Torpedoed Japanese destroyer Yamakaze photographed through the periscope of American submarine USS Nautilus on 25 June 1942.
One day after the Japanese attack on Pearl Harbor on 7 December 1941, Chief of Naval Operations Admiral Harold R. Stark declared unrestricted submarine warfare against Japan. On the outbreak of the war, the U. S. Navy’s Asiatic and Pacific Fleet submarine forces included 55 large boats and 18 medium-sized ones (out of a total of 111). Some 73 submarines were under construction.
Yet until 1 April 1942, U. S. submarines only sank a modest 93,300 tons of Japanese shipping, less than one-tenth of what an average of 100 operational German submarines sank in the same period. At this stage of the war, American submarine operations suffered from the early loss of the Philippines, for which the poorly developed Australian submarine bases could not compensate. In addition, operations were hobbled by a doctrine that required submarines to concentrate on enemy heavy warships and by the chronic problems of the Mark XIV torpedoes.
Following the erratic performance in 1942 that yielded a total of 620,616 tons of Japanese merchant shipping, the U. S. submarine campaign gathered pace in 1943. The smaller Sclass coastal submarine and the T-class fleet submarines were gradually replaced by the larger and more capable submarines of the Gato, Balao, and Tench classes. Beginning in mid-1942, the U. S. Navy began installing the first SJ surface search radars in the submarines, which further enhanced their combat value (German submarines, by comparison, only received radars in mid-1944), and in October 1943, the torpedo problems were finally resolved.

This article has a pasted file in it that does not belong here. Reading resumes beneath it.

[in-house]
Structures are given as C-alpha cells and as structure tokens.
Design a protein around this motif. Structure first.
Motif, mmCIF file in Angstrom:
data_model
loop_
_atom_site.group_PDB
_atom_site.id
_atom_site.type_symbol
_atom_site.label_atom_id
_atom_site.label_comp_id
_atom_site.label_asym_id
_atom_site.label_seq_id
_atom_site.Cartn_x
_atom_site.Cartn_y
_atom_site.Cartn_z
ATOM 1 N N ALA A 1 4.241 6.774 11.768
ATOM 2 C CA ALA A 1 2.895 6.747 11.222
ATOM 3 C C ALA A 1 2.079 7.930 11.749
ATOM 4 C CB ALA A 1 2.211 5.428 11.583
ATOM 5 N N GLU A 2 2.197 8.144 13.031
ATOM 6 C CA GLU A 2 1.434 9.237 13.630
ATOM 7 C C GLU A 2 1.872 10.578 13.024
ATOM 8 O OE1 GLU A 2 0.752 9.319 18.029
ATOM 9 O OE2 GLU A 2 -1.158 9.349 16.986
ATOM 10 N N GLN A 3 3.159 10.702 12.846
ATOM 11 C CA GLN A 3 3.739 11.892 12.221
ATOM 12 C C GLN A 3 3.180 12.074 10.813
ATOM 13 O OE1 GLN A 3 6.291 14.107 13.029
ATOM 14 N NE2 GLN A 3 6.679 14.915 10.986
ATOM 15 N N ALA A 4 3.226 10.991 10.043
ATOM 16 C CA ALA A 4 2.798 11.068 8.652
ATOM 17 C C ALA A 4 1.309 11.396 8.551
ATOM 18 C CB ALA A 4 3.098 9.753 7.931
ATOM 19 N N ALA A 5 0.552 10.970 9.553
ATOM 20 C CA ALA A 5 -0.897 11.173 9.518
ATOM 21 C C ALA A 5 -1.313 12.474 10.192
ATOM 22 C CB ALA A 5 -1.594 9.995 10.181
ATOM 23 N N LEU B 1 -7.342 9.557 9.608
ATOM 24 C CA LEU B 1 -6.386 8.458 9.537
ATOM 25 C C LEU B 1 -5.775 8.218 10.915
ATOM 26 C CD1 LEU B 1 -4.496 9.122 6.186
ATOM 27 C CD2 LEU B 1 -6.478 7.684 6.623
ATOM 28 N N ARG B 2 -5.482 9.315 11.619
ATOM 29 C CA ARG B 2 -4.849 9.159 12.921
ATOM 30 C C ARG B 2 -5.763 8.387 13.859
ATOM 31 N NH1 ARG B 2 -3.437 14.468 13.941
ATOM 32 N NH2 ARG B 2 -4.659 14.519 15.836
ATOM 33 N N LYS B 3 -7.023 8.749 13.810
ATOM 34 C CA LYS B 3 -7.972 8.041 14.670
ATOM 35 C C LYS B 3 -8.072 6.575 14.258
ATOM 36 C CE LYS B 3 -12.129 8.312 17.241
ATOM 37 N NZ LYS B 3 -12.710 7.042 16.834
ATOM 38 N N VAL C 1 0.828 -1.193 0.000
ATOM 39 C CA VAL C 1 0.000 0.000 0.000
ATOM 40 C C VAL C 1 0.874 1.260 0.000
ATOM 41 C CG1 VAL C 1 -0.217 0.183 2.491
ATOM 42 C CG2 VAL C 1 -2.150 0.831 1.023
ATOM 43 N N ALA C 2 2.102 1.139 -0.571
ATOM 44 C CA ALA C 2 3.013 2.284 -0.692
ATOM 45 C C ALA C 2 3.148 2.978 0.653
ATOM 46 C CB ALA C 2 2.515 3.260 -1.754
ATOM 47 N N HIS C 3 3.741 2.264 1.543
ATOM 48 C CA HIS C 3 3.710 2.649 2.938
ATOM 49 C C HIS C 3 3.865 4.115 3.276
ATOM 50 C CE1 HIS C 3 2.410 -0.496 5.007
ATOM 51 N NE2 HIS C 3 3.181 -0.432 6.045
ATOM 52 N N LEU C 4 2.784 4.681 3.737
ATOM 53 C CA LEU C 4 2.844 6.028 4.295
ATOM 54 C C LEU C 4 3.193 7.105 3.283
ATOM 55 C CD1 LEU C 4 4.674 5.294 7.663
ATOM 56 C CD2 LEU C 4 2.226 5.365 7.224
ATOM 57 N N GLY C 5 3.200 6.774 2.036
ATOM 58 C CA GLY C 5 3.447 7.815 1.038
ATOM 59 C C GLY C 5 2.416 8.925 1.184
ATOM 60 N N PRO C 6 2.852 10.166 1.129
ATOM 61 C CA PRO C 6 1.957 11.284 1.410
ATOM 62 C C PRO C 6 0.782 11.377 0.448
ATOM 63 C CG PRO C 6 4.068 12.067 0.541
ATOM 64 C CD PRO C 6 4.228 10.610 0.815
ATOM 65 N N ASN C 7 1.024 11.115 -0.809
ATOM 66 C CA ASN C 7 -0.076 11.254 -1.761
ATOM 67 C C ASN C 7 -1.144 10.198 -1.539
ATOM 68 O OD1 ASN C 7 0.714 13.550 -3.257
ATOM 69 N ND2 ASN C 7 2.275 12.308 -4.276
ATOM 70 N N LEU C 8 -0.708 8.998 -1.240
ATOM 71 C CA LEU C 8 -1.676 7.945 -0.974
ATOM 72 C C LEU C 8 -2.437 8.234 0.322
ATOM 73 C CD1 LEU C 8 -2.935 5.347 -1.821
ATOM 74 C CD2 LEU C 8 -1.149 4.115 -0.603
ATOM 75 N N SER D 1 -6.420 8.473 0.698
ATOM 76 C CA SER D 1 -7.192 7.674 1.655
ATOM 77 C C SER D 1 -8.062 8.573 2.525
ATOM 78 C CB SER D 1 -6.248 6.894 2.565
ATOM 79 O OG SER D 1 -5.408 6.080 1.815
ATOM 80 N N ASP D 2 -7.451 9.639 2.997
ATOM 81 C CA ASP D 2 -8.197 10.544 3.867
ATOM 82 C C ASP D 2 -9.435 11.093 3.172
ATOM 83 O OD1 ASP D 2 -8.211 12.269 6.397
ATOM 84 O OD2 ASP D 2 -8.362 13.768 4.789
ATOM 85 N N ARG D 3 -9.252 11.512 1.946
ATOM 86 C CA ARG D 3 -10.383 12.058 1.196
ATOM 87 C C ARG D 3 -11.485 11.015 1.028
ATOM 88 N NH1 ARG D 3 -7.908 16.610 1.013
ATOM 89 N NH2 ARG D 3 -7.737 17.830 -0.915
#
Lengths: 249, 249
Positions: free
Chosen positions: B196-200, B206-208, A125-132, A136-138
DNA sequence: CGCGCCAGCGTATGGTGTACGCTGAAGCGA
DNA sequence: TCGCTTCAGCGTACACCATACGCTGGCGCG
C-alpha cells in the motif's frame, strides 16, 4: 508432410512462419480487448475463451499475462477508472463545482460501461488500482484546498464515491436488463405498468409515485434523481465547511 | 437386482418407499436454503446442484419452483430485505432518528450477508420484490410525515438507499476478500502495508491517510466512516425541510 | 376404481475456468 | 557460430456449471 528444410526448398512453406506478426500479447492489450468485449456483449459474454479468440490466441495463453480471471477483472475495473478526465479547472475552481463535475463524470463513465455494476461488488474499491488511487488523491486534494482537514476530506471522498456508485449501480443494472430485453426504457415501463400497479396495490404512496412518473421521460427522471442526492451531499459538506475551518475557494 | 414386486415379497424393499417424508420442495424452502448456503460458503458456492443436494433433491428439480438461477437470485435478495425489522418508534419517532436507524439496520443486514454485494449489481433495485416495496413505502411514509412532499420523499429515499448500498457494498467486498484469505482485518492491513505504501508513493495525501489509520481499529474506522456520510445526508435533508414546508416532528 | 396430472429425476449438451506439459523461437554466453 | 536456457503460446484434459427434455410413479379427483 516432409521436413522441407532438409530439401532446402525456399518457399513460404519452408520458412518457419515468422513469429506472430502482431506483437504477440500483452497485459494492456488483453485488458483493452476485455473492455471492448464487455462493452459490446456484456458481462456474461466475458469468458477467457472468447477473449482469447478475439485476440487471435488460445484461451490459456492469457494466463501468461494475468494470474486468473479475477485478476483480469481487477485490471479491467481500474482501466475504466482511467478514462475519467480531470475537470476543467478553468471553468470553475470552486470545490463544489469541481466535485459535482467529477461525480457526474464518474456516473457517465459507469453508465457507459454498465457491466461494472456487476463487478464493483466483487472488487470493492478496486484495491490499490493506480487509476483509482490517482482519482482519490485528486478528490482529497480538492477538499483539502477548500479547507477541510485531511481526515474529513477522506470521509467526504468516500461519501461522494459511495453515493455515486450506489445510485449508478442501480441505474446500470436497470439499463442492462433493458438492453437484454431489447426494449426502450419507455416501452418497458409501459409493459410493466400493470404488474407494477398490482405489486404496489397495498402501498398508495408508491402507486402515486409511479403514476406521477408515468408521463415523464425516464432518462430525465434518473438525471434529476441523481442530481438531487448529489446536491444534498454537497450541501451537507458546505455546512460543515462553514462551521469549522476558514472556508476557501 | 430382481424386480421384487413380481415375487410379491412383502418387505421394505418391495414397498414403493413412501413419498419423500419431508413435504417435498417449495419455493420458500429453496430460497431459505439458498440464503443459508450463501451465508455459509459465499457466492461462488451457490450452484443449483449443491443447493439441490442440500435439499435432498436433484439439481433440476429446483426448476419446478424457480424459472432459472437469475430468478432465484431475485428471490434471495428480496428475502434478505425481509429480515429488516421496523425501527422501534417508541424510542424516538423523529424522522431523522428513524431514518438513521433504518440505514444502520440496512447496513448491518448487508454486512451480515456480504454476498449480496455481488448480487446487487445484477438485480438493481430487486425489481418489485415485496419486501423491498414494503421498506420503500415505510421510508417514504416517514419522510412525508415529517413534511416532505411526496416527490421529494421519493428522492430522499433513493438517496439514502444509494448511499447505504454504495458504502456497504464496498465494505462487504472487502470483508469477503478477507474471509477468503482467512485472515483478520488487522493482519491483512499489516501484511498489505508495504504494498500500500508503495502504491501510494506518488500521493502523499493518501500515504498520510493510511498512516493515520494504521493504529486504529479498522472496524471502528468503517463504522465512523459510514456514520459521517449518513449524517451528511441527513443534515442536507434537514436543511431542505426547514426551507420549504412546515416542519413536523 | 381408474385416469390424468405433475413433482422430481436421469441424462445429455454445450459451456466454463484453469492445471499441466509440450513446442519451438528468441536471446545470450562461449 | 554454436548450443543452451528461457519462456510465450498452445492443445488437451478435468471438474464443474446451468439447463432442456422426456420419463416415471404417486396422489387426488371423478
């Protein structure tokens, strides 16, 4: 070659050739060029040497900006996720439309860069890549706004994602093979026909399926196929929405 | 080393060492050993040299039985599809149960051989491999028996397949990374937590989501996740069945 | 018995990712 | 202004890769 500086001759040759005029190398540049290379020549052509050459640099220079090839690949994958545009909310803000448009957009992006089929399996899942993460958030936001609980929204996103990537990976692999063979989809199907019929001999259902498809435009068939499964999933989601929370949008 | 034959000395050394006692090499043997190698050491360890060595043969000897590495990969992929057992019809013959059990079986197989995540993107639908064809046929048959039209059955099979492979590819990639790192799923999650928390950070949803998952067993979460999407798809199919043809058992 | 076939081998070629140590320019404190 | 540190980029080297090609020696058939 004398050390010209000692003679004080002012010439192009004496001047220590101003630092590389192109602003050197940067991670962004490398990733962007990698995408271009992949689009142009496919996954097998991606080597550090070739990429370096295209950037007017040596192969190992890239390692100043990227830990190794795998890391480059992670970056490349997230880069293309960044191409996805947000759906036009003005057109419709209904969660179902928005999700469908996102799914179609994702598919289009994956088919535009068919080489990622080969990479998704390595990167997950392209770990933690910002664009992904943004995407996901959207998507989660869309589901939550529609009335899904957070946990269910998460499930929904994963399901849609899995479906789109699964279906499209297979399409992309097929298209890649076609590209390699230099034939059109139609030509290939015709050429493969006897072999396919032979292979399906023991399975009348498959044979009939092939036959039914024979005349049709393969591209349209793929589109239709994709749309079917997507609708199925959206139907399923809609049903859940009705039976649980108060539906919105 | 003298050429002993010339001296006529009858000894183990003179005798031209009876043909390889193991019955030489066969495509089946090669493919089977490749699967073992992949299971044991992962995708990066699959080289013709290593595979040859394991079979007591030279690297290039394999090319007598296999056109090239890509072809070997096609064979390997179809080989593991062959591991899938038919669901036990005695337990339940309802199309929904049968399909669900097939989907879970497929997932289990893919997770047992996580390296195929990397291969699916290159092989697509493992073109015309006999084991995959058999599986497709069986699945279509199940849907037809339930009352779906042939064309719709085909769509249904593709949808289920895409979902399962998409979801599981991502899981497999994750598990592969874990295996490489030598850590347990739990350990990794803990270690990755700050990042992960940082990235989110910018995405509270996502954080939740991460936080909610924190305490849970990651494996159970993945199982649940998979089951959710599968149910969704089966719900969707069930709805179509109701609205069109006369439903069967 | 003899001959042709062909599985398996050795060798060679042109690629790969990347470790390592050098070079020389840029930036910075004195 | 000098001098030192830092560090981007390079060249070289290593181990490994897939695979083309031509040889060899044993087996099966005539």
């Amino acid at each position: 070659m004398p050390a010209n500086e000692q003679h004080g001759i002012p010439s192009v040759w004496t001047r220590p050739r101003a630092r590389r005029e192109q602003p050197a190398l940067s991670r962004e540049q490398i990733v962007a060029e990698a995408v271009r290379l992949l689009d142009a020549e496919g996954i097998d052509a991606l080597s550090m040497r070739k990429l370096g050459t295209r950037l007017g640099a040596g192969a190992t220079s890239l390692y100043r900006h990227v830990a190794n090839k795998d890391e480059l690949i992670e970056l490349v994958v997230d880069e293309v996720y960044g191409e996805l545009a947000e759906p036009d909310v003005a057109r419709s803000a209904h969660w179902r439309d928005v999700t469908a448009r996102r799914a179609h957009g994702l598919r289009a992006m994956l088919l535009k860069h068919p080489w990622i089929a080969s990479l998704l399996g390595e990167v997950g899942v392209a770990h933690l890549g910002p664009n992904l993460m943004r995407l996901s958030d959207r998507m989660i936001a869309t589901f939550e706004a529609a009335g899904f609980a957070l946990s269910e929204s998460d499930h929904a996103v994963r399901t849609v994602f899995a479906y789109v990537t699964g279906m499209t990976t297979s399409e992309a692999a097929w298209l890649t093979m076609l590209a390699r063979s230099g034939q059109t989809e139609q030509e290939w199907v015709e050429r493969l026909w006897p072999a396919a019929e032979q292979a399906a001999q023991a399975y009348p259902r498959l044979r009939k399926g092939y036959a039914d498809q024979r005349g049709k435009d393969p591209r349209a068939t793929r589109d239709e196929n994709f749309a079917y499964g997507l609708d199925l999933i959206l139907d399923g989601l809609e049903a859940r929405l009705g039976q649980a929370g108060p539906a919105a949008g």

The Japanese mercantile fleet amounted to 6.4 million tons at the time of Pearl Harbor. Following the cessation of neutral shipping to Japan, this volume was barely sufficient to cover the needs for industrial and civilian imports (3 million tons) and the movement of troops and supplies across the sea. The situation was briefly alleviated by the capture of 1 million tons of merchant ships during the Japanese advance in early 1942. By mid-1943, however, the U. S. submarine campaign had already eaten up these small gains made by captures and new construction.
In 1943, the U. S. submarine service was fully committed to the war against the Japanese sea lines of communications, even though an operational order issued by Admiral Chester W. Nimitz in June 1943 still listed aircraft carriers and battleships as prime targets. Key traffic patterns of Japanese shipping had been identified, and American submarines operating from Pearl Harbor and Australian bases conducted systematic patrols of such choke points as the “Luzon bottleneck.” Because the Japanese navy failed to respond to the increasing threat and organize valuable transports and cargo vessels into convoys, Japan lost merchant shipping weighing a total of 1,668,000 tons in 1943, of which 1.34 million were claimed by submarines. The volume of imports into Japan fell from 35 million tons in 1942 (already down from a peacetime level of 67 million tons) to 27 million in 1943. In late 1943, the Japanese navy reluctantly committed itself to convoying some of the more valuable transports and cargo ships, but the assets assigned remained woefully short of what was necessary to stem or even reduce the bloodletting. In addition, Japanese escort vessels possessed neither active sonars nor radars, and their depth charges were ineffective. Nonetheless, U. S. submarine losses were substantial.